Even when Scott Norwood’s 47-yard field-goal try sailed wide right as time expired in Super Bowl XXV? Maybe there was a wireless chip or a lead weight on the ball. Or a mouse inside.
‘‘No,’’ Levy says.
If that ball had sailed through, think about how sports history might have changed. But the kick probably was too long, right?
‘‘Forty-four percent of field goals from that distance are good,’’ Levy says, like, you know, he never has thought about it again.
But back to the book.
‘‘I anticipated it,’’ says Levy, who will be 86 in 10 days. ‘‘I knew people would ask questions. But it’s not about refs rigging the game. It’s about, well, what if teams have secret wires in opponents’ locker rooms? What if they listened in to other teams’ signals? What if they did illicit filming?’’
Nah, that never would happen. Would it, Bill Belichick?
In the book, for which he graciously provided me his own written synopsis, I notice lots of very amusing names, such as filthy-rich team owner Cedric B. Medill, equipment manager ‘‘Malaprop Joe’’ Skoronski and quarterback Q.T. ‘‘Cutie’’ Pye. There is also an opposing quarterback named, ahem, Kelly James.
‘‘Yep, there’s a little of Jim Kelly in there,’’ Levy admits. ‘‘But it’s, remember, fiction. But the Kelly in the book is a strong lead er, determined, and a great locker room presence, like Jim was.’’
As the ‘‘Marv-elous’’ release states: ‘‘Above all, this story features a strong moral theme, and that is, ‘Play hard! Play clean! But — win or lose — honor the game.’ Beyond that, it is meant as entertainment.’’
You have to look Levy in the eye. He’s healthy yet, slim, trim. He walks for an hour a day, occasionally bursting into 100-yard dashes, just like when he was a track star at South Shore High School in Chicago.
He’s eating a tuna salad — no dressing, just fish, lettuce and tomato — and he even removes the yolk eyeball from the accompanying egg. He’s drinking unsweetened ice tea.
Maybe the guy will live forever. And he’s gonna live it here in Chicago, which he and wife Fran never are leaving again.
So two questions: Is there another novel up his sleeve?
‘‘I’m waiting to see how this one does,’’ he says. ‘‘But I’ve got a double-jeopardy crime novel in mind.’’
And the names in that one?
‘‘I was always enchanted by the way Charles Dickens selected names,’’ he says.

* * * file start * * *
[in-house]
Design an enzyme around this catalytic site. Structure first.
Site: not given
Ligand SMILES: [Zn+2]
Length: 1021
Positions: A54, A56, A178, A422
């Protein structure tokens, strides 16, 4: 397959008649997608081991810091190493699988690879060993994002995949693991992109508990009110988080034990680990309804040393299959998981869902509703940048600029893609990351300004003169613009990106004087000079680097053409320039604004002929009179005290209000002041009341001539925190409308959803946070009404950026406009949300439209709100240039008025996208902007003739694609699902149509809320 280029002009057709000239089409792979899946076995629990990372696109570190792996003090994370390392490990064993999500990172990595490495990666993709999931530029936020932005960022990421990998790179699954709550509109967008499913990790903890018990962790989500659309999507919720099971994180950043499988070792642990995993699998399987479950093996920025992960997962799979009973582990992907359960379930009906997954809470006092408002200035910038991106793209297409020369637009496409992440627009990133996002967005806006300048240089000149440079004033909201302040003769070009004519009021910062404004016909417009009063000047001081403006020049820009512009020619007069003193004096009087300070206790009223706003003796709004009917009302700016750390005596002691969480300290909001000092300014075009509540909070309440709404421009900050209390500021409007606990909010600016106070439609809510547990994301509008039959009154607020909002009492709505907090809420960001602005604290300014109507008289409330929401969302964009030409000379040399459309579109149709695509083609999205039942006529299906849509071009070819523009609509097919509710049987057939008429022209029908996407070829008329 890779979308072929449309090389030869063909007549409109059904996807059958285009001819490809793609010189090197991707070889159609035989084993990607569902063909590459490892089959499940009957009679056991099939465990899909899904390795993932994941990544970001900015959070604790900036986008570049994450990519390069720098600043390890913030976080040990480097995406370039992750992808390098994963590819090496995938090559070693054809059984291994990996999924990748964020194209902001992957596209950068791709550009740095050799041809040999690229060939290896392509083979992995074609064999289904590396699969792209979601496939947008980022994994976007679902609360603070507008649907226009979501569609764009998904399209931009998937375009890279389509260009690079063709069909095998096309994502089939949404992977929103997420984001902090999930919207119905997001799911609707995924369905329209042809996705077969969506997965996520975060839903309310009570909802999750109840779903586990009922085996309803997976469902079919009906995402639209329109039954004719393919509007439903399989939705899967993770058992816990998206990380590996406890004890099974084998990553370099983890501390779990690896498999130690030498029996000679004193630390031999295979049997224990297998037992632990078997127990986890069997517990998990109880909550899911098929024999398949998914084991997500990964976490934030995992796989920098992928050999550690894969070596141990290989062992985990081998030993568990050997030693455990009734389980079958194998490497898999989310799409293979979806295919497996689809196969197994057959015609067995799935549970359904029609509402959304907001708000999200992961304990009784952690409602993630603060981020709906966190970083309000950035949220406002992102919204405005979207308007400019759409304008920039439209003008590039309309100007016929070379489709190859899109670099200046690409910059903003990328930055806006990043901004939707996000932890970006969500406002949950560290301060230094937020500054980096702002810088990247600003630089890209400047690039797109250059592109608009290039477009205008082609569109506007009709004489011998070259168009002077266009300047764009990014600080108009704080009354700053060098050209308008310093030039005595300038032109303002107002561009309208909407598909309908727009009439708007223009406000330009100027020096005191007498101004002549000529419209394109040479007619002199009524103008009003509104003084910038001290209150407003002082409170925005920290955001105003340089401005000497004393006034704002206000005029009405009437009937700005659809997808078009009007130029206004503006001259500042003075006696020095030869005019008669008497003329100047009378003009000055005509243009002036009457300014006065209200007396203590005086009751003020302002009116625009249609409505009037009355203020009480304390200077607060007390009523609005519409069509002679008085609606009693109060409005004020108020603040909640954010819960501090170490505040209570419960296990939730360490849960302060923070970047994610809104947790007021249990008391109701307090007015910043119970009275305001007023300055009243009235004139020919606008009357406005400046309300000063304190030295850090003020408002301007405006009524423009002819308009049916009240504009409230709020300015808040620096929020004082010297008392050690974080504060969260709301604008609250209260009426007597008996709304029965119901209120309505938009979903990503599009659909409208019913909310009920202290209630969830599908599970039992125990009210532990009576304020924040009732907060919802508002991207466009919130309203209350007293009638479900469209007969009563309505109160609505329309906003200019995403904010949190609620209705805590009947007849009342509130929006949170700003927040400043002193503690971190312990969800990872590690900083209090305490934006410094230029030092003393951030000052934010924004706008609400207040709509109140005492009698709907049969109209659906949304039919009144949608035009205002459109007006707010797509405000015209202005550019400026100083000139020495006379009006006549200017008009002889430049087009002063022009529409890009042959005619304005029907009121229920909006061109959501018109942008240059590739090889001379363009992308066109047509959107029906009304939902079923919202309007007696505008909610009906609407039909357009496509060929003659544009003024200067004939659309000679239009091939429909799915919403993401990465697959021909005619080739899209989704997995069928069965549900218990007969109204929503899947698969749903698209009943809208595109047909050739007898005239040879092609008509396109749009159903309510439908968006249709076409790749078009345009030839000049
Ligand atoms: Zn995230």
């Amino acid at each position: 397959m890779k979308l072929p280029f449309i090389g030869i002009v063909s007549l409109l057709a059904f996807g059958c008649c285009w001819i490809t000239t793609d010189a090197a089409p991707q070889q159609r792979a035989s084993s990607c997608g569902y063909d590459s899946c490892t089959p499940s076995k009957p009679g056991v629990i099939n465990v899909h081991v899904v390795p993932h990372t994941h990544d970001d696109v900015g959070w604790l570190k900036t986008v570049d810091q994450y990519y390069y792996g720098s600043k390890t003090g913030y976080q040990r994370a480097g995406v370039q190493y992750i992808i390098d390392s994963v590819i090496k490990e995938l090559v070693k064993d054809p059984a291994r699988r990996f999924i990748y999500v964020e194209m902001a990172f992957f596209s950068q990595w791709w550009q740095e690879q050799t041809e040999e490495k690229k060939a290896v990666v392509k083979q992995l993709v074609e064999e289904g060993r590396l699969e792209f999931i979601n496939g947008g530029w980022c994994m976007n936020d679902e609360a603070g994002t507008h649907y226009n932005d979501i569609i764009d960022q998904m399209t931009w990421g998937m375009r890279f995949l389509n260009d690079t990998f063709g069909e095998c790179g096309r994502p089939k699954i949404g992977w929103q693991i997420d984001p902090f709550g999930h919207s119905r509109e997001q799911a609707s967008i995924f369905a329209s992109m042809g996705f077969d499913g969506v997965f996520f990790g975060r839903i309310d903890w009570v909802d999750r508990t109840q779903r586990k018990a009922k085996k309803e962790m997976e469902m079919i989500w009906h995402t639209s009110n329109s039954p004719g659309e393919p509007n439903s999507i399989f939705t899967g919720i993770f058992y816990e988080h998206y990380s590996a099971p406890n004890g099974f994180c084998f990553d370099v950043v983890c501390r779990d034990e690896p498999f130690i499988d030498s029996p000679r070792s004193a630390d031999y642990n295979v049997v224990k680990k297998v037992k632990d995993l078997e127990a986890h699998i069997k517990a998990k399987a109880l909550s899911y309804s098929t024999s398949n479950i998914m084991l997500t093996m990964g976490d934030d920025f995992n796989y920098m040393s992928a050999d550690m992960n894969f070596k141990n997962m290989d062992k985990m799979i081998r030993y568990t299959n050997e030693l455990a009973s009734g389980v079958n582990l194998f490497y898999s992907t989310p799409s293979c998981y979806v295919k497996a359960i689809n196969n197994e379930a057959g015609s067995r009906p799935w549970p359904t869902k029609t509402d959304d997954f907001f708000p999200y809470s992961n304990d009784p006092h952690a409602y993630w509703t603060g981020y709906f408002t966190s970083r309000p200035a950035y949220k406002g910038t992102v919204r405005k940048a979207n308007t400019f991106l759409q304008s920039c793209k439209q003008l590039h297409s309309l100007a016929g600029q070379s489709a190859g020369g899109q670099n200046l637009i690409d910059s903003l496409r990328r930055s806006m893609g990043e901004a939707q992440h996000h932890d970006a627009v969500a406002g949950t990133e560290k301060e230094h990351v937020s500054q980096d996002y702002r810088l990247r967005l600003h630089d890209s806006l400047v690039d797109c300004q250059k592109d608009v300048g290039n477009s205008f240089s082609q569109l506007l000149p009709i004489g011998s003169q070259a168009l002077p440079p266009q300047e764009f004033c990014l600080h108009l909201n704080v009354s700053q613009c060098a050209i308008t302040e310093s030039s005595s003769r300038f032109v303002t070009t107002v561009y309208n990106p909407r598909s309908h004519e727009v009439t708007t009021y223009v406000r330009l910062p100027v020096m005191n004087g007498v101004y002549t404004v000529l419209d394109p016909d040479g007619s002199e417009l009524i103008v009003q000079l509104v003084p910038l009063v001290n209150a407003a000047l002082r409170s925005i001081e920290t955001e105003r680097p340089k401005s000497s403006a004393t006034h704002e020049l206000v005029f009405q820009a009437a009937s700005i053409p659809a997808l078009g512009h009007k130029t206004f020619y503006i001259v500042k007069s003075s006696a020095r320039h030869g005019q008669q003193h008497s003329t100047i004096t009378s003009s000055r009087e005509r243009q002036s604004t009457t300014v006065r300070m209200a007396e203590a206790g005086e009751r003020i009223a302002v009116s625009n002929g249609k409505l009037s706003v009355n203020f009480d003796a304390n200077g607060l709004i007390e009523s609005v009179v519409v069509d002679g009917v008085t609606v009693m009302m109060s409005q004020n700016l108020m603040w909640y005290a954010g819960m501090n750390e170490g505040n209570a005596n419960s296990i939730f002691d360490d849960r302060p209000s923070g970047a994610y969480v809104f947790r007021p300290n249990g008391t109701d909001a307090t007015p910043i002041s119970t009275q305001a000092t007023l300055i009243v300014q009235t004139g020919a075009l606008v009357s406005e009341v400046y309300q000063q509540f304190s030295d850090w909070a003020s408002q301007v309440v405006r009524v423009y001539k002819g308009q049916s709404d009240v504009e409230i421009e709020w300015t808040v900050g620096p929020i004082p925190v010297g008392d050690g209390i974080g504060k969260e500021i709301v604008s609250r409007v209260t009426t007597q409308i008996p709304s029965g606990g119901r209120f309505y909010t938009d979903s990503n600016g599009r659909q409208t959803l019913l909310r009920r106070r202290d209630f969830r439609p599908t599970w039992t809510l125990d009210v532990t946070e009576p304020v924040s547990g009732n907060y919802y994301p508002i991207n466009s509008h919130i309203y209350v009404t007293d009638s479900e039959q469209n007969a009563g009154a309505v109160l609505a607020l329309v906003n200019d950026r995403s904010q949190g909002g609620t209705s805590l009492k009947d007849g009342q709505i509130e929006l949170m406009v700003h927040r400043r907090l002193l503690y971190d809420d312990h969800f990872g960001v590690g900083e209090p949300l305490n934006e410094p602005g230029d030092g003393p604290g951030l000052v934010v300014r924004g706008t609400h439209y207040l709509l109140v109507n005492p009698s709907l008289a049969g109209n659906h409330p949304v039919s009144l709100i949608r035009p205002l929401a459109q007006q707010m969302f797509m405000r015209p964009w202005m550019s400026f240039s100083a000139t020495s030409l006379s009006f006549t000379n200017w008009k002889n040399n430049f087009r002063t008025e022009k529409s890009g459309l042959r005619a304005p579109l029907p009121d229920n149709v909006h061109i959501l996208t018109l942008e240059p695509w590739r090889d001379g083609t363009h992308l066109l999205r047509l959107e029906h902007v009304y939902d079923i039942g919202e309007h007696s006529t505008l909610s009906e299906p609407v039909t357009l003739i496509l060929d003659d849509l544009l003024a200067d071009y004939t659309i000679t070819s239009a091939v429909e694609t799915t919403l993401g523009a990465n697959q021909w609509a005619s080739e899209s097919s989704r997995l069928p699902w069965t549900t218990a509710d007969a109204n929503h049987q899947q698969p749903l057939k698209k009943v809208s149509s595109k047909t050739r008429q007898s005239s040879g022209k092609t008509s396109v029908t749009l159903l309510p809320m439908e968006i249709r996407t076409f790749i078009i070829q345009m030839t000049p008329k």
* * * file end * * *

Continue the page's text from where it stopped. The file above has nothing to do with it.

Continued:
Of course: Fagin, Scrooge, Bartleby, Tiny Tim, Mark Rypien.
OK, one more: This stuff hasn’t really happened?
‘‘I’m not even hinting that,’’ he replies. ‘‘Could it be done? A lot of coaches are apprehensive about it. And it intrigues the public.’’
ABOUT ‘BETWEEN THE LIES’
The Los Angeles Leopards and the Portland Pioneers are on a collision course toward the Super Bowl. One team is led by a take-no-prisoners head coach; the other is led by a cerebral, slow-and-steady coach who has been thrust into the spotlight because of a tragedy. But on the way to the big game, the integrity of the game comes under question.
Renowned sportswriter Mel Herbert is faced with an agonizing decision. The Leopards have just won the Super Bowl, but questions arise if they won because of a massive cheating operation orchestrated by head coach Randy Dolbermeier.
Herbert believes the team cheated, and he has uncovered a great deal of evidence that persuades him. Will the editor of his newspaper, the Los Angeles Guardian, risk the reputation of the paper and the likely overwhelming legal repercussions should Mel’s revelations prove to be insubstantial or, worse, refuted?
Through the eyes of a memorable cast of characters, many of whom are based on real football players, coaches, general managers and owners, readers get to see professional football from the inside.
The book also shows the game’s underbelly, where rules are bent or broken, lies are used as promises and the integrity of the game hangs in the balance.